Connecticut’s State-Mandated Employee Retirement Plan — Secure Choice — Could Initiate a Pilot in 2021
Businesses in the Constitution State and their employees might finally get to benefit from a state-mandated retirement program originally enacted in 2016. The latest information from the Connecticut Retirement Security Authority shows it is refining its implementation timeline and a pilot program could begin as early as 2021.
The Connecticut Secure Choice Savings Plan, similar to nearly a dozen other states that have enacted plans, aims to address the ongoing and growing retirement crisis in the United States.
Why does Connecticut need an employer-sponsored retirement plan?
More than 600,000 private-sector employees in Connecticut have no access to an employer-sponsored retirement savings plan, according to the state Comptroller’s office. In the U.S., households nearing retirement have a median retirement account balance of less than $15,000.1
A National Institute of Retirement Savings report found that less than one-quarter of those employed by a company with 10 people or fewer has access to a payroll-based retirement plan. There are 322,805 small businesses in Connecticut, according to the latest data from the U.S. Bureau of Statistics, and nearly 95,000 have employees. However, the nearly 230,000 that have no employees can also participate in the program.
Participants in the Connecticut Secure Choice Savings Plan — a Roth auto-IRA — can help employees start saving for a dignified retirement and gain a recruiting and retention tool.
What employers should know about the Connecticut Secure Choice Savings Plan?
Connecticut requires participation from employers with five (5) or more employees and who do not currently offer a retirement plan to employees. Private employers with four or fewer employees may also choose to offer the plan but are not required.
All employees earning wages in the state of Connecticut and employed for at least 120 days will be automatically enrolled in the state plan. Employers are not permitted to make contributions to the program.
Employers will be responsible for providing each eligible employee with information about the state-run program within 30 days of the employee’s hire date and documenting it. They also must deduct and remit employee contributions in a timely manner.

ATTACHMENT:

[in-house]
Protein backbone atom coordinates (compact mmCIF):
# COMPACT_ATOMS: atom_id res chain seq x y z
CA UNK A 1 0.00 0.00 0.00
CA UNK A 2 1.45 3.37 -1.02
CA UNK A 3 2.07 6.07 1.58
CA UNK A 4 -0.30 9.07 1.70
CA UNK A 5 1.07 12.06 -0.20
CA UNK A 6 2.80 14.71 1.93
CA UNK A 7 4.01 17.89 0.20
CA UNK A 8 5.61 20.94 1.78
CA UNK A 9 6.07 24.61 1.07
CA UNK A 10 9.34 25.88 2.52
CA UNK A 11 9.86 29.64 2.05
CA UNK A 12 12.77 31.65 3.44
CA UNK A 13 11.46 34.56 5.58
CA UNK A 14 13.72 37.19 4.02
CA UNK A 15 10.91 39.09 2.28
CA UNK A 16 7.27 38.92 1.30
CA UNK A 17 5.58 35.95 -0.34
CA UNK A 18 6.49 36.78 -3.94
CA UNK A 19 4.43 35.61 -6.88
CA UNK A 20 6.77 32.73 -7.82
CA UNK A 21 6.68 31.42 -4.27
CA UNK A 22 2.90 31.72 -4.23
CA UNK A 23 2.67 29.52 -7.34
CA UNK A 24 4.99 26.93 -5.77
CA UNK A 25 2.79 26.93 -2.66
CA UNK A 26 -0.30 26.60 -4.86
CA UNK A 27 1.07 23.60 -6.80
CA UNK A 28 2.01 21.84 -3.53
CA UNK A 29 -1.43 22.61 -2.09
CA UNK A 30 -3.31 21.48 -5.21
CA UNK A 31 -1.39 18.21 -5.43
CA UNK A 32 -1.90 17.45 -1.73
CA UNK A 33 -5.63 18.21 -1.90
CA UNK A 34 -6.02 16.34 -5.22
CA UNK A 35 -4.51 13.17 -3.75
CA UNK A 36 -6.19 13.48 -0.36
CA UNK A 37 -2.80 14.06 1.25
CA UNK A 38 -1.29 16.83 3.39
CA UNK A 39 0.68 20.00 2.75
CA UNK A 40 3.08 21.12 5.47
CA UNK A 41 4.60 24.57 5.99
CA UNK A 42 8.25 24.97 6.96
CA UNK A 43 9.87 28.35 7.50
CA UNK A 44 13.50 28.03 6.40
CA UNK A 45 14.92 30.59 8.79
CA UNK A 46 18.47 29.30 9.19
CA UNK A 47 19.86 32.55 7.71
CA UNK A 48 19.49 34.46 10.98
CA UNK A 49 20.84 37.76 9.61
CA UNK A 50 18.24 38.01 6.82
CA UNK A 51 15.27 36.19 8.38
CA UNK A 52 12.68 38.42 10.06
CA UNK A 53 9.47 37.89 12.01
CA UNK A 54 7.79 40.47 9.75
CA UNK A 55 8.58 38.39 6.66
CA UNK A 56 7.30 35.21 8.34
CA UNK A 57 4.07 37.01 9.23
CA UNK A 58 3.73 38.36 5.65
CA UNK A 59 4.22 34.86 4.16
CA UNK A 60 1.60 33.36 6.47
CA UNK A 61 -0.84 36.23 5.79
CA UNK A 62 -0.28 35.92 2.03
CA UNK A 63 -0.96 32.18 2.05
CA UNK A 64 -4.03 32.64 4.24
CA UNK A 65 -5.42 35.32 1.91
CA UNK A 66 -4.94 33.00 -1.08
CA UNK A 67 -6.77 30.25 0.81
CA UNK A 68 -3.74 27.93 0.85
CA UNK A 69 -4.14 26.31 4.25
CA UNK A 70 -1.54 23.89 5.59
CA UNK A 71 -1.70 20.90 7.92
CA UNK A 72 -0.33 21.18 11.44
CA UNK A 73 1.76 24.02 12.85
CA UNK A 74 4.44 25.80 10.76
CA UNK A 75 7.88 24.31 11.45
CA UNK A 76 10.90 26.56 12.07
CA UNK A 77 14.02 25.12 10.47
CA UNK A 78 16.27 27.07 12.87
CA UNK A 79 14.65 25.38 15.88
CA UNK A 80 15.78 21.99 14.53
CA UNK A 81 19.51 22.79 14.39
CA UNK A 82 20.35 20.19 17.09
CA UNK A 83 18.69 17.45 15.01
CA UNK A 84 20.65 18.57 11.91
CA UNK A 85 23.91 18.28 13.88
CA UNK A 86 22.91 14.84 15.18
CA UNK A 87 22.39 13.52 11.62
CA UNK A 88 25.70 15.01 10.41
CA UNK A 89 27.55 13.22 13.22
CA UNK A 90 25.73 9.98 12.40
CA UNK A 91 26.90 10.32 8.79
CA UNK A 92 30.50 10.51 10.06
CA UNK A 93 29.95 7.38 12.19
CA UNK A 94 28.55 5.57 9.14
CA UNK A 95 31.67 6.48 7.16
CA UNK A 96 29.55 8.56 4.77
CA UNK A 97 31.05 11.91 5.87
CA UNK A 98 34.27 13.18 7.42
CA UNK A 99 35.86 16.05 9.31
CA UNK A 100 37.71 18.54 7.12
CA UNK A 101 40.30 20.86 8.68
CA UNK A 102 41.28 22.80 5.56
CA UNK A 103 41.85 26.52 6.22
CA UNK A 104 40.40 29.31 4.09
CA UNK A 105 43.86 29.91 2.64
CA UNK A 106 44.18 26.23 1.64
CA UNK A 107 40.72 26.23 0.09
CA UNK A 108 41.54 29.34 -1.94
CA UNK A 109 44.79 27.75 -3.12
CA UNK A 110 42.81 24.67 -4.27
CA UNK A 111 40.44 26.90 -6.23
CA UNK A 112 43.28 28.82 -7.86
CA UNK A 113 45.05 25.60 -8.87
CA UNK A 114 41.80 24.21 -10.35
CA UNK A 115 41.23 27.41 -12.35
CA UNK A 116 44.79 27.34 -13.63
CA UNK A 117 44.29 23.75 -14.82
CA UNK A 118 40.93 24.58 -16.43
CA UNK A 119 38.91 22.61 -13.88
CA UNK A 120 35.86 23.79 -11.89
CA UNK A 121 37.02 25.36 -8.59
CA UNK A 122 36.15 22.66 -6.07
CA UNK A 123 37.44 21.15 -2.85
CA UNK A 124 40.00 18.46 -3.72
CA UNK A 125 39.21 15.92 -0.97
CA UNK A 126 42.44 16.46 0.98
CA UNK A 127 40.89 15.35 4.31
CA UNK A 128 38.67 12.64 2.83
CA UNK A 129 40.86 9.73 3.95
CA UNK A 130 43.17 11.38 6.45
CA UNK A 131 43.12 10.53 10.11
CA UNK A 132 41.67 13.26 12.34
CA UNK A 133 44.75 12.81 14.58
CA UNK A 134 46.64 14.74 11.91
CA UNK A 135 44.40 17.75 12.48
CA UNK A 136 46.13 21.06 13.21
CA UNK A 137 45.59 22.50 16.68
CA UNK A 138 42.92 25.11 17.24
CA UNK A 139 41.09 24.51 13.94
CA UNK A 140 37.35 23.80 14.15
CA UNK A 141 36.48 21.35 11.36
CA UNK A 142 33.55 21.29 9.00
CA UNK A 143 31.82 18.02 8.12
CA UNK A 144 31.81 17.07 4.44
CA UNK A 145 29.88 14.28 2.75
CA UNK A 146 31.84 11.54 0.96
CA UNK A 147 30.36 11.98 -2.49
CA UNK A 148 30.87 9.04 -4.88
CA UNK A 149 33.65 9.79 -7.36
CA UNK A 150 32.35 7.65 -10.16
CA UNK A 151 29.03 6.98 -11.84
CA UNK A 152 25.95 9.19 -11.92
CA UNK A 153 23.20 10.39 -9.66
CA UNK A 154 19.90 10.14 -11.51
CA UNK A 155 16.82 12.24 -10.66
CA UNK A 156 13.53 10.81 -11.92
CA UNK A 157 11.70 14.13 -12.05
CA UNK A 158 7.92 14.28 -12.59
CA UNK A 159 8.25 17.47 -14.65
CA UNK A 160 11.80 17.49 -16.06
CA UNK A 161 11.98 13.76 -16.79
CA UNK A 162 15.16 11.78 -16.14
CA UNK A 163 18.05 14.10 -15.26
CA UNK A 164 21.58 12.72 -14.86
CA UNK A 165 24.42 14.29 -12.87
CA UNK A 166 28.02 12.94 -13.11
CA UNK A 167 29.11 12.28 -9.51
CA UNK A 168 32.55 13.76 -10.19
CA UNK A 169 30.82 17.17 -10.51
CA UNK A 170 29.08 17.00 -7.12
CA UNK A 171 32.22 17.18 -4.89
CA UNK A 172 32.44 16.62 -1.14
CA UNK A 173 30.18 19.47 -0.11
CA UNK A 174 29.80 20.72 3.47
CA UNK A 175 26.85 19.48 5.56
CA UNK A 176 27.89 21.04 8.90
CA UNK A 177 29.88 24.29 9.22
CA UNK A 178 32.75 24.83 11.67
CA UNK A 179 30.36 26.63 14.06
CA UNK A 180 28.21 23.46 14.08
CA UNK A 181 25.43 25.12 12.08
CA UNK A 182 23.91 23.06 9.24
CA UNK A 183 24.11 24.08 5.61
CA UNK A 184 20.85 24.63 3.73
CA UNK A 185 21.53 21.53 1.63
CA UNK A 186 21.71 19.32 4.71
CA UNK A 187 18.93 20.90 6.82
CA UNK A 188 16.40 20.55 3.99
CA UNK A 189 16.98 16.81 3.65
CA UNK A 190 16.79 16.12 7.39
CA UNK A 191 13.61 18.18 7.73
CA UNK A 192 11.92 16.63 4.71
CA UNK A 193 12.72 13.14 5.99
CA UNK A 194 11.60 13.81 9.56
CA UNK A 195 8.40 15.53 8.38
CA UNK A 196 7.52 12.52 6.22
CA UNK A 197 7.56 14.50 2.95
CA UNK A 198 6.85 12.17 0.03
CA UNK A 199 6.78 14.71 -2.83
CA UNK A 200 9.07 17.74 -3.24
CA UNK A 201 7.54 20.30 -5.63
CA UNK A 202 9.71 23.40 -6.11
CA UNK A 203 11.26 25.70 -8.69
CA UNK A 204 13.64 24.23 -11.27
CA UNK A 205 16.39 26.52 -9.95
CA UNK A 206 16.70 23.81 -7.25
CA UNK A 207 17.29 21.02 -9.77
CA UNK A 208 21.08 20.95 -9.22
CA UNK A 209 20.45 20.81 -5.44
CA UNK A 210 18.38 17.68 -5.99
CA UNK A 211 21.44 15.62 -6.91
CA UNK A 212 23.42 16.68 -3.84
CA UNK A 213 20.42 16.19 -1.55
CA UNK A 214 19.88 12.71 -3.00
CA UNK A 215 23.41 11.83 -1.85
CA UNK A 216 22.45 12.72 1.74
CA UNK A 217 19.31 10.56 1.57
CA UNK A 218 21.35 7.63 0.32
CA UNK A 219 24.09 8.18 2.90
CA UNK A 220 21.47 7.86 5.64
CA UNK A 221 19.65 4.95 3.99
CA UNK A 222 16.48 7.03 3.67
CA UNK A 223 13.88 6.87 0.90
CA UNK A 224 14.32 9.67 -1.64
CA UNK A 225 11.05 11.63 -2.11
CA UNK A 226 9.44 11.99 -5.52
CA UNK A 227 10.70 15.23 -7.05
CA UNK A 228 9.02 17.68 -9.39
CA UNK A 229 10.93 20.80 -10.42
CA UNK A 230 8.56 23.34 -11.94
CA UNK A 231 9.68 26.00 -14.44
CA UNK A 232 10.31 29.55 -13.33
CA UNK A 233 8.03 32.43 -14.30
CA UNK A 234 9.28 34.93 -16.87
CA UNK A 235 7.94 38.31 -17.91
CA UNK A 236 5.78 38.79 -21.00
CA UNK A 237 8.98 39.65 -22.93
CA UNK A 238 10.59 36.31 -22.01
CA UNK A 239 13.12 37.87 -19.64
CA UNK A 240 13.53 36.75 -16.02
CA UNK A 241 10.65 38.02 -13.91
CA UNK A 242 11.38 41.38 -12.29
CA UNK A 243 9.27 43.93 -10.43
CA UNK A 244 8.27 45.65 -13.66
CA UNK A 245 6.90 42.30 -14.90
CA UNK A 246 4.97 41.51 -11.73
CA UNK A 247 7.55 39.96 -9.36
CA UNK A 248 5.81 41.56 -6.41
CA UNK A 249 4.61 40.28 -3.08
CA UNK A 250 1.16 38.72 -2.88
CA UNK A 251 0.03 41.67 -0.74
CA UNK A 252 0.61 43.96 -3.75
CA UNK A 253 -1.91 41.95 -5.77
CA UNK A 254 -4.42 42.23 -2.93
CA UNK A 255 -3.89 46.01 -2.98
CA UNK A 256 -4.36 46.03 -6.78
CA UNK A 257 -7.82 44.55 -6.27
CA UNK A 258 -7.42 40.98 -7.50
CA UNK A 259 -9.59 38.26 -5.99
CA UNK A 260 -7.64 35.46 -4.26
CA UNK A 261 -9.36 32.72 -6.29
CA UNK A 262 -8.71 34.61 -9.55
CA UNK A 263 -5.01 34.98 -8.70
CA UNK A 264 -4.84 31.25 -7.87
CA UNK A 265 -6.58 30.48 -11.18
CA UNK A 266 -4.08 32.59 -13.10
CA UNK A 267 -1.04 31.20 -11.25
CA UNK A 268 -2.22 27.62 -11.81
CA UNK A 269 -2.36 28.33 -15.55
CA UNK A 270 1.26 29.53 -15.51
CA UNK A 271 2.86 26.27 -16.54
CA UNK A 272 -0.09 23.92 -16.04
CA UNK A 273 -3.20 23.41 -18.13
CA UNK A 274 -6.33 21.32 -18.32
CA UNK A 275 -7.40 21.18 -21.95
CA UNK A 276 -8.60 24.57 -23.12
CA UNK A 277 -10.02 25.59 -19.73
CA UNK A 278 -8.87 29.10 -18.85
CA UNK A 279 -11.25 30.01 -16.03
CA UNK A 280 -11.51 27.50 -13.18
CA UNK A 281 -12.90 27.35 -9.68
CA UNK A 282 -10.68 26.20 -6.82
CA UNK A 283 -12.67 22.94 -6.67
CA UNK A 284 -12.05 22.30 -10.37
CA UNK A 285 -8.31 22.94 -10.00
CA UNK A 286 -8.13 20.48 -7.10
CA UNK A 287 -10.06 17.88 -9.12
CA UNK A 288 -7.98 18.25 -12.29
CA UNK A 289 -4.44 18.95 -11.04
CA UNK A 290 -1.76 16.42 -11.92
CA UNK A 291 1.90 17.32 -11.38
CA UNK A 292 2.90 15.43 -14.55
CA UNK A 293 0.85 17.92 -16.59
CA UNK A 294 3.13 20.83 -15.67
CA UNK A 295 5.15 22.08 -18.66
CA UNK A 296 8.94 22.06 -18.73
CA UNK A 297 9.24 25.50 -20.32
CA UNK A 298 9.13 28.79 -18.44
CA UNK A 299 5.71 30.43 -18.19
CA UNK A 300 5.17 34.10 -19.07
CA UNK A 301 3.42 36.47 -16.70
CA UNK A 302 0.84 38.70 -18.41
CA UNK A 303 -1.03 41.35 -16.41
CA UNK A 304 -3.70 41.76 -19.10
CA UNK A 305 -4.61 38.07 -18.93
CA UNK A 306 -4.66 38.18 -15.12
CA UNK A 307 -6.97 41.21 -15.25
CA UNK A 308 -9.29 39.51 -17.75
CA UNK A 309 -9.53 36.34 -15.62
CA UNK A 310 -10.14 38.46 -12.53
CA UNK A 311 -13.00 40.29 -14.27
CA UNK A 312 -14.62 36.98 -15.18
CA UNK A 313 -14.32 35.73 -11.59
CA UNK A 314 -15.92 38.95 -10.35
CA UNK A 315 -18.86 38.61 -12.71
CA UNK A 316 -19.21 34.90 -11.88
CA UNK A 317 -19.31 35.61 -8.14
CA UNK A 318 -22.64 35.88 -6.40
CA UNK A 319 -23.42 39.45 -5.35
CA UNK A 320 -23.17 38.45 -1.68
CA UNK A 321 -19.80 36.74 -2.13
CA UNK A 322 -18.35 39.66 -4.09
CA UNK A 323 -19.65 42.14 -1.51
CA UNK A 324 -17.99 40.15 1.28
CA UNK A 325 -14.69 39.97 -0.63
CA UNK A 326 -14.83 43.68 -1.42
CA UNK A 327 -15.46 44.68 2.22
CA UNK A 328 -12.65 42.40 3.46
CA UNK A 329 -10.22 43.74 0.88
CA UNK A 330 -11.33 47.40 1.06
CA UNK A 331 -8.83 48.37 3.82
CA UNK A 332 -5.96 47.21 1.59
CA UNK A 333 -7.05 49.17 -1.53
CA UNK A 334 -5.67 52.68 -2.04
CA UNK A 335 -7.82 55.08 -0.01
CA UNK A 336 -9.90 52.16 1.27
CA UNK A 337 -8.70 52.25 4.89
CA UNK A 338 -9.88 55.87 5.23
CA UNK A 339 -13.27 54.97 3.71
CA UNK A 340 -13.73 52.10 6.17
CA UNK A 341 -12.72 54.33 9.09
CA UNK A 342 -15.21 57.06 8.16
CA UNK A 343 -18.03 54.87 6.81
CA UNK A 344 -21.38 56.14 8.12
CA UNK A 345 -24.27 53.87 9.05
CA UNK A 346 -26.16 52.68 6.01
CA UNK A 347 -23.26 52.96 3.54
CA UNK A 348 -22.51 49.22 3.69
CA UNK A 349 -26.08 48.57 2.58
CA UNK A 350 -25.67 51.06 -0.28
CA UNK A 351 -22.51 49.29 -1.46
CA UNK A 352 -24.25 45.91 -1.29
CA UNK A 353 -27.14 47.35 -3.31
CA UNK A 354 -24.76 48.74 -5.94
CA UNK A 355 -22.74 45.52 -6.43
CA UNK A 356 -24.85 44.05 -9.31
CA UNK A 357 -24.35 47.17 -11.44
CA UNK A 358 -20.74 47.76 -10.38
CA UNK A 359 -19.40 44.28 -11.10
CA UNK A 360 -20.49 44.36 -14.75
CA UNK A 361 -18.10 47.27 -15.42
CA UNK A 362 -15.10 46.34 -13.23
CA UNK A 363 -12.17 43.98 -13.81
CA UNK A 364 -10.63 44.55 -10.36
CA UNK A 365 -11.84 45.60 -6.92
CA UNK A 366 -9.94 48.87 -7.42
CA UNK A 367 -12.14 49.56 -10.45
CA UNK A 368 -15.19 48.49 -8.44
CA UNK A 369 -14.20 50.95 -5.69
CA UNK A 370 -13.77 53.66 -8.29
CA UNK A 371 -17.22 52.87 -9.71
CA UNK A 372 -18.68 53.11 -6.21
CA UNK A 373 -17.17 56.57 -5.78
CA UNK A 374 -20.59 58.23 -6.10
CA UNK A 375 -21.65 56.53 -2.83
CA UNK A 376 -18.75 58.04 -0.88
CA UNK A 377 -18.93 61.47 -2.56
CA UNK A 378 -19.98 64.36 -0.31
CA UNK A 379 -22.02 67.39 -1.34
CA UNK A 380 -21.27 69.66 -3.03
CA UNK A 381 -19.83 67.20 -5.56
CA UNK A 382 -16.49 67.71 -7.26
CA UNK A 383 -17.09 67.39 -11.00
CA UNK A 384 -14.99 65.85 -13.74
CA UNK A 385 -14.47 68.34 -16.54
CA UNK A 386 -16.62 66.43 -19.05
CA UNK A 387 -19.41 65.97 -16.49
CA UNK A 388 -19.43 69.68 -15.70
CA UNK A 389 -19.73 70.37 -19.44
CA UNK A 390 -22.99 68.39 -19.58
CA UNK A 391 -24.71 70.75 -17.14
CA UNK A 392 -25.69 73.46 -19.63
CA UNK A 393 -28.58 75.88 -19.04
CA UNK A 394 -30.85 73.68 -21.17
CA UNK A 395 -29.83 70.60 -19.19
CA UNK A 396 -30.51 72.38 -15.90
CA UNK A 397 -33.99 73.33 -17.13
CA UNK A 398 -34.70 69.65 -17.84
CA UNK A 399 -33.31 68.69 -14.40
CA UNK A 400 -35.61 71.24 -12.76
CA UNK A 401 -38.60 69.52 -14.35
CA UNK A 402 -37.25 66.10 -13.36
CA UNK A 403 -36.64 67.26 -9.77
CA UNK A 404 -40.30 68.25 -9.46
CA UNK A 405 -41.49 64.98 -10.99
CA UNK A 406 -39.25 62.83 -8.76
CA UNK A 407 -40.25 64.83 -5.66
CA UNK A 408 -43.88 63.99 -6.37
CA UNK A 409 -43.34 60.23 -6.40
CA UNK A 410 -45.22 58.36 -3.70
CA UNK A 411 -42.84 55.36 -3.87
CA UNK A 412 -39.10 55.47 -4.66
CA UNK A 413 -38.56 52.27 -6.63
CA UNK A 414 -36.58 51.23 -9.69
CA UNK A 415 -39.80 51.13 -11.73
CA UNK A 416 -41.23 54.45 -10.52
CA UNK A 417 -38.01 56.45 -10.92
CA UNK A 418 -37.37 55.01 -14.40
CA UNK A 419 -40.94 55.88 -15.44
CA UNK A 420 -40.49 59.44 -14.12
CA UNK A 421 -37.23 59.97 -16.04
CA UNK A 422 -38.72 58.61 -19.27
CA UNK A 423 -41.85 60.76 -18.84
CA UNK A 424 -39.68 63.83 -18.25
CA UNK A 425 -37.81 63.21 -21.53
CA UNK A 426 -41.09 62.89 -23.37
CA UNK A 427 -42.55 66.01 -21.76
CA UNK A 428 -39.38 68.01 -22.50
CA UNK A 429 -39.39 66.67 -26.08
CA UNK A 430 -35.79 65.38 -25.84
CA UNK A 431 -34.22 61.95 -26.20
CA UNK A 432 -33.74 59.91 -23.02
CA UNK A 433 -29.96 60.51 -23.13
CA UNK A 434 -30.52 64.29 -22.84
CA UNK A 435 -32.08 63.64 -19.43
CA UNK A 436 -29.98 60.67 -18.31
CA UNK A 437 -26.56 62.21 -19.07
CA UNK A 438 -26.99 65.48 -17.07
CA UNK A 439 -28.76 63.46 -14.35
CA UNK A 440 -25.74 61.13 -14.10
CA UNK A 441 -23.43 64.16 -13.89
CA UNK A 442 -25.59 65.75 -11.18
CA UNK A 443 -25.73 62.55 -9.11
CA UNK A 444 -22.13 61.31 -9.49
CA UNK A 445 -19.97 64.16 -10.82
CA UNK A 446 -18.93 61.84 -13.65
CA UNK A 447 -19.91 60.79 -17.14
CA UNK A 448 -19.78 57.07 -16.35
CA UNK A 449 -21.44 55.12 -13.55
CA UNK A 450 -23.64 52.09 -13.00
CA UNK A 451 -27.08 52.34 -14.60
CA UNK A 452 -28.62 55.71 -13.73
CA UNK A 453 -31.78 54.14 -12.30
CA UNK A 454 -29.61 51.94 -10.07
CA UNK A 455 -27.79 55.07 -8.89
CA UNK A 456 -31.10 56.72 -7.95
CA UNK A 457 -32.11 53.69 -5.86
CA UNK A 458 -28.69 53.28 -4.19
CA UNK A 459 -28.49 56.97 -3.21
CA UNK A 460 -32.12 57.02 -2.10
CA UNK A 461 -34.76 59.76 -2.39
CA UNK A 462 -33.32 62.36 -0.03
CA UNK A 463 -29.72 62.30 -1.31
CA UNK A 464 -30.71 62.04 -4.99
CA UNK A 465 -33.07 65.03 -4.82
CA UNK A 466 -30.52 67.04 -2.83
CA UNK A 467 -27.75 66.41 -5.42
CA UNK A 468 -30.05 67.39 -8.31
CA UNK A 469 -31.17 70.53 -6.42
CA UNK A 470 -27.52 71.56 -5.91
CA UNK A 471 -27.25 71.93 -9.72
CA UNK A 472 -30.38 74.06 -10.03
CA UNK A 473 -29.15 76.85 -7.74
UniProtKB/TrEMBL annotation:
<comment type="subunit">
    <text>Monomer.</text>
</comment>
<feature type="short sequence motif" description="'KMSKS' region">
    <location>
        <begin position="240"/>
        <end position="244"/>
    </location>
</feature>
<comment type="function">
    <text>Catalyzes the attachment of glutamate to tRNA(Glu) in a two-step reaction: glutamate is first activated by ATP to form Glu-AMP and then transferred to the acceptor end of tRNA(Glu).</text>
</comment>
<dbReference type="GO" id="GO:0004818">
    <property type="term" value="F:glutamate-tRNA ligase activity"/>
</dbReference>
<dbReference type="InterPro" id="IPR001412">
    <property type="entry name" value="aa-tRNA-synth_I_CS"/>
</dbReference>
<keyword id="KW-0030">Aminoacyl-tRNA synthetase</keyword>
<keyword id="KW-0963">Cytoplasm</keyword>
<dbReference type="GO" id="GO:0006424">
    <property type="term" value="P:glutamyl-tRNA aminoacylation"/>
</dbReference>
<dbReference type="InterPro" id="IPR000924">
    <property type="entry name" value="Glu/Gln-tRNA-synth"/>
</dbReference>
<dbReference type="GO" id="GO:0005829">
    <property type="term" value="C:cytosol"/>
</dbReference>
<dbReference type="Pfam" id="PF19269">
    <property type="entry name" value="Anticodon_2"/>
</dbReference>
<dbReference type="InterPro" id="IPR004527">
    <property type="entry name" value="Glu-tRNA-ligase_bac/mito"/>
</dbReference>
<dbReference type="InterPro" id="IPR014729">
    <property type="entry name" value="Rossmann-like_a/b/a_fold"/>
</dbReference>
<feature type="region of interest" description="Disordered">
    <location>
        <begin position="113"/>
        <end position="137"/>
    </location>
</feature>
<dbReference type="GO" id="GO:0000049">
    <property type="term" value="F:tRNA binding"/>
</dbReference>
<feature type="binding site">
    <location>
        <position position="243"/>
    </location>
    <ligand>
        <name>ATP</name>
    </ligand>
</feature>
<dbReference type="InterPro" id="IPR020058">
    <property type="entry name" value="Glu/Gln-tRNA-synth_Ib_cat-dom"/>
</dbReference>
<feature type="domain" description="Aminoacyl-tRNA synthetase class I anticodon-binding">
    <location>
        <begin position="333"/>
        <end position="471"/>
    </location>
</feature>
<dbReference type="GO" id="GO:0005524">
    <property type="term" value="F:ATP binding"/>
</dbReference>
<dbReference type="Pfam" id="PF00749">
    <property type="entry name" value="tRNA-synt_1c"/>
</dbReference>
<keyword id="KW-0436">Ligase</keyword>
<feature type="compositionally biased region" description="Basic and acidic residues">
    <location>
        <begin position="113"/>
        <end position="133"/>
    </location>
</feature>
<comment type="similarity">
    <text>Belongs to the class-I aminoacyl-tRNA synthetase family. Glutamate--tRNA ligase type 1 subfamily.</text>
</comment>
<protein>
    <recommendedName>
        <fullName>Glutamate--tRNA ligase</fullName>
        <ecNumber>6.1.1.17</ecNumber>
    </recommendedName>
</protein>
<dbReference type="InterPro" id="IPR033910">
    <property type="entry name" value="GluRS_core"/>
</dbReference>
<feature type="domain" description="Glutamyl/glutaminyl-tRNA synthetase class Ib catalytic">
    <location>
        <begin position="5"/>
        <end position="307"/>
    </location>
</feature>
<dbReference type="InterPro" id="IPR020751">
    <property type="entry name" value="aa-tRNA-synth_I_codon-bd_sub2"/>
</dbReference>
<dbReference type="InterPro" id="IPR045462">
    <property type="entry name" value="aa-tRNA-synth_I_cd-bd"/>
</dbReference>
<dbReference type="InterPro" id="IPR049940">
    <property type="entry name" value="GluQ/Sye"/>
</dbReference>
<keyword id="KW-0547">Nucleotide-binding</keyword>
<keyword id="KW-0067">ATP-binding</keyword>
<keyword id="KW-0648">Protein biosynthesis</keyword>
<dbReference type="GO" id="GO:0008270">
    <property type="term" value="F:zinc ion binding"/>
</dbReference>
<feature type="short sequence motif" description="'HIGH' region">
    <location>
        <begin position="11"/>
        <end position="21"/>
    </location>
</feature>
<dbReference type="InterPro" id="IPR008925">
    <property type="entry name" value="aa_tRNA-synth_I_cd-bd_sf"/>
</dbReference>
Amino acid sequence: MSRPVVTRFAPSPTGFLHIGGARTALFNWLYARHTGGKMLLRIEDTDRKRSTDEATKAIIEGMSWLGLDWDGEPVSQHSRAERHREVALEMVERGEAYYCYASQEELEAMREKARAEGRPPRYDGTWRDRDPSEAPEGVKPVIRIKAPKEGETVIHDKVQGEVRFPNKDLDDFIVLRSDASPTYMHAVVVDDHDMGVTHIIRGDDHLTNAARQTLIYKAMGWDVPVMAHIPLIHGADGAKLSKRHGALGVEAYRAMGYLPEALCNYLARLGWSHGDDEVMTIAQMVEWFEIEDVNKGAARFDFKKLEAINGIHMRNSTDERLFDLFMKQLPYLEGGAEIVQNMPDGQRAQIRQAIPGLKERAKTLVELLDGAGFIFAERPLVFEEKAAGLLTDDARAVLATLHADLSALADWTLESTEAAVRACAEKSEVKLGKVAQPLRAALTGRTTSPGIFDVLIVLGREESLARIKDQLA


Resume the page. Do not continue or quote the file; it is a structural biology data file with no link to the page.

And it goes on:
An employer could face civil and criminal penalties for failing to enroll an eligible employee or remit contributions properly.
What employees should know about the Connecticut Secure Choice Savings Plan?
Employees are eligible to participate if they meet the following criteria:
- They are 19 years of age or older
- They are employed with an employer for at least 120 days
- They are employed and earn wages in Connecticut
Employees will be automatically enrolled in the program but can voluntarily opt out. They can also change their enrollment rate, which has a default rate of 3 percent and annual auto-escalation up to 6%.
The Connecticut Retirement Security Authority plans to provide an age-appropriate target date funds to invest each employee’s account, and once the employee reaches normal retirement age then 50% of the account will get invested in the lifetime income investment. Participants will have the option to invest a higher percentage in the lifetime income investment. More details will be provided once the plan is scheduled for implementation.
A participant may contribute up to the annual IRS limit for a Roth IRA, which for 2020 and 2021 is $6,000 (or $7,000 if you’re 50 or older).
Employees, should they change jobs, also can continue to contribute to the account or roll it over to another retirement account.
With the Connecticut Retirement Security Authority revising the implementation timeline, no definitive start date for a pilot has been set. Paychex will continue to provide updates when information is available. Small businesses can provide a perk such as a retirement program to enhance their ability to attract and retain younger employees and help them start building a retirement savings. Businesses do not have to wait for the Connecticut Secure Choice Savings Program to launch; opening a retirement plan [e.g., 401(k)] through a provider such as Paychex would satisfy the state mandate.
1National Institute of Retirement Savings, “The Continuing Retirement Savings Crisis”